By Michael Chernis, December 17, 2019
The path towards a legal adult-use cannabis market in Los Angeles has been littered with obstacles and challenges, and in November 2019, another roadblock emerged, as the City announced an audit to its commercial cannabis program and suspended further licensing pending that audit.
After processing license application for certain pre-existing cannabis operators in Phases I and II, on a priority basis in 2018, for both retail and non-retail, Los Angeles first opened applications for new cannabis retailers with Phase III in September 2019. The Phase III round 1 application window started at 10 a.m., September 3, 2019 and ended September 17, 2019. 100 licenses were available in Round 1 to verified social equity applicants, first-come first-serve to those who were first able to submit a complete application on DCR’s Accela portal for a compliant location. The application was extremely competitive; 300 applications were received within 93 seconds of the Accela portal’s opening. 802 total applications were received for 100 available licenses.
After the close of the Phase III round 1 application window, stakeholders raised concerns about the fairness of the application process, specifically about alleged early access to the Accela portal and DCR’s response to these deficiencies. On October 24, 2019, DCR Director Cat Packer presented at the Cannabis Regulation Commission meeting about this issue, and reported that while all applicant access to Accela was supposed to have been disabled from August 28, 2019 until 10 a.m. on September 3, 2019, two applicants obtained several minutes’ early access to the Accela portal by resetting their passwords and were able to submit applications before 10 a.m.
Because these applicants received early access, DCR apparently adjusted their submission timestamps by adding the amount of time taken to submit their applications to a 10:00 a.m. baseline and reviewing those applications in the order they would have been reviewed after making the adjustment.
After the discovery that some applicants received early access, stakeholders became distrustful of DCR because DCR did not admit the early access or its adjustments. Concerns were raised that other applicants received early access, that timestamps were given arbitrarily, and that automated systems were used to submit applications. Demands were made for a do-over.
On November 18, 2019, DCR Director Cat Packer released a press statement about this issue, and reported that Mayor Eric Garcetti had called for an audit of Phase 3 Round 1’s application process and suspended future Phase 3 processing until the audit had been completed. According to the release, DCR will continue to review and process Phase 3 round 1 applicants in the released Review Order for eligibility to receive an annual license (e.g. whether the proposed location is acceptable for undue concentration and sensitive use), but will not move on to the annual application process until the audit is complete.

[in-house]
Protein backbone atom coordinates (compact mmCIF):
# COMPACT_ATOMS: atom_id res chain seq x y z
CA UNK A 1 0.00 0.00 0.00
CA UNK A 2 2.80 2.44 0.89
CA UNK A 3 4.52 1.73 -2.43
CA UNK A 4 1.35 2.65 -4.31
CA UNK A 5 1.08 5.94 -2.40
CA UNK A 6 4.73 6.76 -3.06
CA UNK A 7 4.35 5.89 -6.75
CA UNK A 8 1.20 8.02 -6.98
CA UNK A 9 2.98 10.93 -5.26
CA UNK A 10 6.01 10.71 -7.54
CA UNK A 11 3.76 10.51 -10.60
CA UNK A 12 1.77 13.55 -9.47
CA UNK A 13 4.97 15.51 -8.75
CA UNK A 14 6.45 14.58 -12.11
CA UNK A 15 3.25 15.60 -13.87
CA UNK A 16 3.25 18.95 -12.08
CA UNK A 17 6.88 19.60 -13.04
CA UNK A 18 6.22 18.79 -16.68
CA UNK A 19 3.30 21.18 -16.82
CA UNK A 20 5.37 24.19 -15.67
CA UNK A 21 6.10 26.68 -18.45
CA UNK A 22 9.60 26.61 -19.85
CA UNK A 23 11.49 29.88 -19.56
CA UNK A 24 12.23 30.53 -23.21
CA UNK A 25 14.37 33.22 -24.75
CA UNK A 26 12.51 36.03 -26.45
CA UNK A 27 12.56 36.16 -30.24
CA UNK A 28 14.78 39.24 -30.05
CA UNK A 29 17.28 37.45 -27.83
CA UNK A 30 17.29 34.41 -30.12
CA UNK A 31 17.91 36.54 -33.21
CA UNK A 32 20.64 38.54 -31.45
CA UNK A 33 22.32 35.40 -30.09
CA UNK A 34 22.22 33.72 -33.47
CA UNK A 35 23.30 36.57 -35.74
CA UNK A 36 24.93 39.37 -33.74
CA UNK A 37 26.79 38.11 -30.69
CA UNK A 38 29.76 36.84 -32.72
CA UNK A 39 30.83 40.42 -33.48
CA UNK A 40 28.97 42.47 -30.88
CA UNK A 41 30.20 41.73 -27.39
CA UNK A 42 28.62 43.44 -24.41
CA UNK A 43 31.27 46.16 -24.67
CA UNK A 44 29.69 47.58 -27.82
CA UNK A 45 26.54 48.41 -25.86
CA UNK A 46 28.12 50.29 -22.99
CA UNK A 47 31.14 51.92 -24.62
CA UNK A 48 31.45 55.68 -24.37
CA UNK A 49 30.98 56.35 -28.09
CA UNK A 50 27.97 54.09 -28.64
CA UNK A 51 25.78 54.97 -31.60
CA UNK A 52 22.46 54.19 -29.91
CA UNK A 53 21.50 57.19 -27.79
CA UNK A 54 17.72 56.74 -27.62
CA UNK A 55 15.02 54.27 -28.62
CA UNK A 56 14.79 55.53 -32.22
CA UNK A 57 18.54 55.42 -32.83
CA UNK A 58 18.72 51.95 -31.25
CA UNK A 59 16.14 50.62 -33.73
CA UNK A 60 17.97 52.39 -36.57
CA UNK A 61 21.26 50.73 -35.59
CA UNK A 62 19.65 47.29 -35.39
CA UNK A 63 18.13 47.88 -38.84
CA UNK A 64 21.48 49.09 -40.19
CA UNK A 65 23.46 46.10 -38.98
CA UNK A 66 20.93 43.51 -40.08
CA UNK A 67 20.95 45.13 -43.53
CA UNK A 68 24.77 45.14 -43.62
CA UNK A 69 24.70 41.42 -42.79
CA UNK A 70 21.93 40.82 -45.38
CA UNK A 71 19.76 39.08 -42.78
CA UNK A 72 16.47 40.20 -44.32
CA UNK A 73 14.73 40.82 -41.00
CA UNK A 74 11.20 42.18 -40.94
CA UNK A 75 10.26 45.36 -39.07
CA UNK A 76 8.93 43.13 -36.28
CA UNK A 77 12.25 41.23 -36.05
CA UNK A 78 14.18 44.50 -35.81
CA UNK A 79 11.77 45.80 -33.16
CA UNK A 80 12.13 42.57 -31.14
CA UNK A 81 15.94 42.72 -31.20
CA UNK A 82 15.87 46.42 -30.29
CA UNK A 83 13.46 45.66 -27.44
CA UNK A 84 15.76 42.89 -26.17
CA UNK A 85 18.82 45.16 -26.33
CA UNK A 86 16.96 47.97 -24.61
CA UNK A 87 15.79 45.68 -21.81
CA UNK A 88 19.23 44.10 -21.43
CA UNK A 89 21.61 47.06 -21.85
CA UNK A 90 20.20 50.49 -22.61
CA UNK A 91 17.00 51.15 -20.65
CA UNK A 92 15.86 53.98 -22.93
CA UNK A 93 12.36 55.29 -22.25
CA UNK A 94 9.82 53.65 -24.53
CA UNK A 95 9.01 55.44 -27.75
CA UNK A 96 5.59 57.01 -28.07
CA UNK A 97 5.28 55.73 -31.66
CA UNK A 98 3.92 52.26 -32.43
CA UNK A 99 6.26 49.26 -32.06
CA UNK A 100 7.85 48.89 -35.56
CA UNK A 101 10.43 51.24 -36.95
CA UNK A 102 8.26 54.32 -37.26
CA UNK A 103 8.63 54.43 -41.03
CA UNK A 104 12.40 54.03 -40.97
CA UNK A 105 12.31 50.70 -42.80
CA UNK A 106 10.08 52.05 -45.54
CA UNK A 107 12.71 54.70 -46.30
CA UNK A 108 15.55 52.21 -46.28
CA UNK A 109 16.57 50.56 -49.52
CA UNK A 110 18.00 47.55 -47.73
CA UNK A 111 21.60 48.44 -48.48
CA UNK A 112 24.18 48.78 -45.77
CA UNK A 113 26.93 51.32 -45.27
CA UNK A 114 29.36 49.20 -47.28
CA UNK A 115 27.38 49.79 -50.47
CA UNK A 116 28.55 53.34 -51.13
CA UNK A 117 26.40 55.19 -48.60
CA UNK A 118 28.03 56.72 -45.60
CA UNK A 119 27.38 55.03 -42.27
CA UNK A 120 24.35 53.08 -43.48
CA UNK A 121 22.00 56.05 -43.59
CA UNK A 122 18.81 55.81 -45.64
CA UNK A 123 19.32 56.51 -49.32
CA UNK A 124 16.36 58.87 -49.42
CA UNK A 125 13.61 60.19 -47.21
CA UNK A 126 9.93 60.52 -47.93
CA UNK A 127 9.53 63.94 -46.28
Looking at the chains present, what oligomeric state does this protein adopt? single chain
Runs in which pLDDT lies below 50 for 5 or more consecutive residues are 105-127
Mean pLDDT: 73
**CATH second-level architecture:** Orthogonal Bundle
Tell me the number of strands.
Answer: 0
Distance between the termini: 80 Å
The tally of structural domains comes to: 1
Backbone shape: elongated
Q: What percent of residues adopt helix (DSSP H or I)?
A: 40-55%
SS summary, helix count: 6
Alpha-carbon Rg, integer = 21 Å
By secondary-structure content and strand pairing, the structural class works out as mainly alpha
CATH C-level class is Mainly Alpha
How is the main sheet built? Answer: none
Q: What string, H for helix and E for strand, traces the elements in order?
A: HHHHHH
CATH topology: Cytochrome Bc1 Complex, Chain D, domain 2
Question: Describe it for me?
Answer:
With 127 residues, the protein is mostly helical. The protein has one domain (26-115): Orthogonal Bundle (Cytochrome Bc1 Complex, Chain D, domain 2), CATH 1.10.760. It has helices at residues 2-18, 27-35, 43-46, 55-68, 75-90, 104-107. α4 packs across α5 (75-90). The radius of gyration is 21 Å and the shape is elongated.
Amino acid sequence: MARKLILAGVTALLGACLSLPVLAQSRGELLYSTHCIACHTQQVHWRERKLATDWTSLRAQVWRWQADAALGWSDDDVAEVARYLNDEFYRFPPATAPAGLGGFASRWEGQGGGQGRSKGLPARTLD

Then yesterday, on December 16, 2019, the Los Angeles Times printed an article https://www.latimes.com/california/story/2019-12-16/cannabis-activists-marijuana-licensing-applications-los-angeles/california/story/2019-12-16/cannabis-activists-marijuana-licensing-applications-los-angeles documenting at least a dozen other applicants who were able to access Acela early. There is renewed outrage over the fact the DCR did not disclose this information sooner, and renewed demands for a “do-over.”
What this means for those persons seeking to apply for retail licenses, delivery-only licenses, and even non-retail licenses in Phase 3, is that the timing for those processes to begin are on an indefinite hold. According to Ms. Packer, “the Department will not continue to the next phase of licensing until the audit process is complete.” The timing for completion of the audit is unknown, and then once the audit results are released there likely will be further delays while the results of the audit are processed and reviewed both by the City Council and the public. There is also the possibility of lawsuits challenging the City Council decision, whichever way it goes. Unfortunately, unless the City Council makes changes to the ordinance to allow non-retail aspects of Phase 3 to proceed, the whole process could be delayed at least 6 months, or longer should litigation ensue.
You are invited, however, to share your frustrations, and concerns, with the DCR by emailing them at [email protected]. In addition, the DCR ostensibly is exploring ways to make legislative changes to the application system and welcomes that feedback as well.
Obviously, this delay is a real setback, especially for those of you with real estate locked up. One possible alternative is to seek licensing opportunities in other jurisdictions.
If we can help with this, or in answering any questions about Phase III, please let us know.